Friday, July 20, 2012

Careful. We don't want to learn from this.

Dayton -- it's for daredevils.

Exhibit A: The great stolen car episode. Don't report anything stolen, because you're as likely to become Public Enemy #1 as to have anything recovered.

Exhibit B: Let's talk about elevators. Man do I ever miss Cherie Berry ... her friendly face smiling up at me in every elevator ride gave me such confidence in my immediate future. In my office, I hold my breath as I push "1" for the lobby, then brace myself on the golden metal rail. I've been told Cedar Point has the most amazing roller coasters in the Midwest ... or even the country, but after riding this elevator multiple times a day I'm not even sure I need to go there. I get way more than my desired dose of stomach-in-mouth-sensation just trying to get home from work. And what's that smell? Yesterday I could've sworn a mother was smearing diaper rash ointment on her child's bare butt in the third elevator for the powerful odor wafting out the door, but the elevator was empty.

Exhibit C: This one's for real ... last week there were two gunpoint robberies at The Greene ... what I previously thought was the safest spot in town. I might have to invest in a can of Mace. Or some self-defense classes.

Exhibit D: The parking garage. Crumbling cement, blind corners, creepy stairwells, a gloomy basement and ... I think the attendants are long lost dwarves looking for Snow White and company.

Exhibit E: The time I thought I was about to get murdered, but instead bought a bookshelf. We've all been warned about Craigslist, and I try to be careful about that stuff. But the lure of a $30 bookshelf and the chance to empty the boxes on my bedroom floor and get moved in was too strong. I called the number on the post and arranged to meet at a storage unit off Keowee downtown. I circled around once before finding the parking lot of a large imposing warehouse. A man and a woman met me by the large bay door.
"The elevator ride is free of charge," Mike -- a said as he raised the chain link gates on either side of the freight elevator and pushed the red button.
I didn't tell anyone where I was going, I realized. The woman could be another victim ... or an accomplice. 
We got off the elevator and walked down a dim hallway with padlocked doors on either side. The man unlocked a heavy steel door and it slowly swung open. I braced myself for an empty room with a single chair or something creepy and foreboding like that, sliding my car key in between my fingers.
Mr. Phipps (my driver's ed teacher) taught us all what to do in these situations, mister. His instructions were graphic.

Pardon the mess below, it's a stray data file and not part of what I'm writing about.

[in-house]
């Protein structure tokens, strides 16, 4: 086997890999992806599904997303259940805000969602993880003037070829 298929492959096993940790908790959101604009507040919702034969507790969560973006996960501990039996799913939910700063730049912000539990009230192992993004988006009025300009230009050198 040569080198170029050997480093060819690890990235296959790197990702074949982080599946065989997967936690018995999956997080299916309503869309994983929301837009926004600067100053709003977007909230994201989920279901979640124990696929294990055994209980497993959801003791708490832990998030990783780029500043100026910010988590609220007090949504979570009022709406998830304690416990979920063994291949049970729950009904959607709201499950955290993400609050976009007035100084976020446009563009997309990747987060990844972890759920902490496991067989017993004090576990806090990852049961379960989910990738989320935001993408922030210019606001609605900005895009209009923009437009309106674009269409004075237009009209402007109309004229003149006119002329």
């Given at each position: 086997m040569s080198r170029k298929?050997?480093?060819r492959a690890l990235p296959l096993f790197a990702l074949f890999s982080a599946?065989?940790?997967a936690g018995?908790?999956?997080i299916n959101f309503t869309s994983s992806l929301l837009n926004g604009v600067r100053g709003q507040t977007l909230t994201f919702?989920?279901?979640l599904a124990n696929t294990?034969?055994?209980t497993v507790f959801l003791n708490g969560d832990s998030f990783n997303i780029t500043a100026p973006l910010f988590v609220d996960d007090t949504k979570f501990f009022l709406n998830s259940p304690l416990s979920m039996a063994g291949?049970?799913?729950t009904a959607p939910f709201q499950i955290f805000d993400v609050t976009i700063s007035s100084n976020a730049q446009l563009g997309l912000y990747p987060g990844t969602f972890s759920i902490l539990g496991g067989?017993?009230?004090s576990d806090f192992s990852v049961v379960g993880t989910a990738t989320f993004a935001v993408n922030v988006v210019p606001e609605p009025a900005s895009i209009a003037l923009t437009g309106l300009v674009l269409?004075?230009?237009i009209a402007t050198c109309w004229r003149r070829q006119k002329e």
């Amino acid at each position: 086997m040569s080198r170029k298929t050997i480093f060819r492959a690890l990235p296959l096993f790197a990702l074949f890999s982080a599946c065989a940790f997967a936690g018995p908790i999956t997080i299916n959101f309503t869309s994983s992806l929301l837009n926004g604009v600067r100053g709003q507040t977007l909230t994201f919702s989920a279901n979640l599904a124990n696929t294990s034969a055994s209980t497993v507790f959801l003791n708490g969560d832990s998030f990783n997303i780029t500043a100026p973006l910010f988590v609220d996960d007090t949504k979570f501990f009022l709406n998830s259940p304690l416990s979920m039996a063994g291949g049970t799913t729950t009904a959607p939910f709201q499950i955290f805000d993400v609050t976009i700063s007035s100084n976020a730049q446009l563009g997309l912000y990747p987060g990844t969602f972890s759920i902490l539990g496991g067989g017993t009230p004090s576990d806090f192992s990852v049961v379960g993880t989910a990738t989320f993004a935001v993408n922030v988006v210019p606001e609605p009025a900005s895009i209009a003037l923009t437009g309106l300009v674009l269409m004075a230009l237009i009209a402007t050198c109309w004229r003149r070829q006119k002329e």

Fortunately for all involved, the room beyond was only a cluttered storage unit. Mike picked up the bookshelf with one hand and directed us back to the elevator. The other woman, who later appeared to be Mike's significant other, darted in and grabbed an old quilt and a ratty green Aeropostale hoodie.
"Need anything else?" Mike asked, point around the piles of lamps, rubbermaid containers, coffee tables and who knows what else.
"File cabinet? Ping pong table?" I asked. I have a dream of turning our basement into a 20-something's destination hangout -- bumpin' music, Christmas lights from the ceiling, ping pong table equipped with lots of extra paddles, a mini bar (hey we already have a [utility] sink down there), bean bag chairs, darts, the works. 
"I think I got a file cabinet in my other unit, if you can come over there with me." 
I followed him across the street to another unit feeling like I was on an episode of Storage Wars and soon became the proud owner of my first filing cabinet. Since of the two items it was the only one I could actually fit in my car, I slid it onto the seat and promised to come back later with Abbie's SUV to retrieve the bookshelf. I drove away happy to be alive and proud of my Craigslist success, but vowing next time to call a friend before going into an unknown situation like that.

But in all seriousness, there's a lot to adjust to moving into the city. I can't say I'm making the transition with much grace. I'm not a paranoid person, it's just unnerving not knowing what to expect each day. I don't want to overreact to a string of bad luck, but I don't want to be naive. I guess it's all part of the learning process.

Here's a recap of the week's relatively tame adventures in iPhone pictures (sorry, Oscar --my 6-year-old Canon Rebel XT--is still out of commission until my new battery charger arrives from China):

The Craigslist bookshelf stocked with all my personal effects.

Old Chapel Hill Map/Calendar illustration rehabilitated with scotch tape and poster board.

A much-needed Eloise break: Nanny is my mostly companion. Sometimes I pat her on the botto, which is large. 

A Cheerwine float provided a welcome taste of home and the South. 

Sunset from my front porch, sans Instagram. 

Hands down the funniest moment of the week: meeting a source for breakfast at Bob Evans on Sharts Road. 

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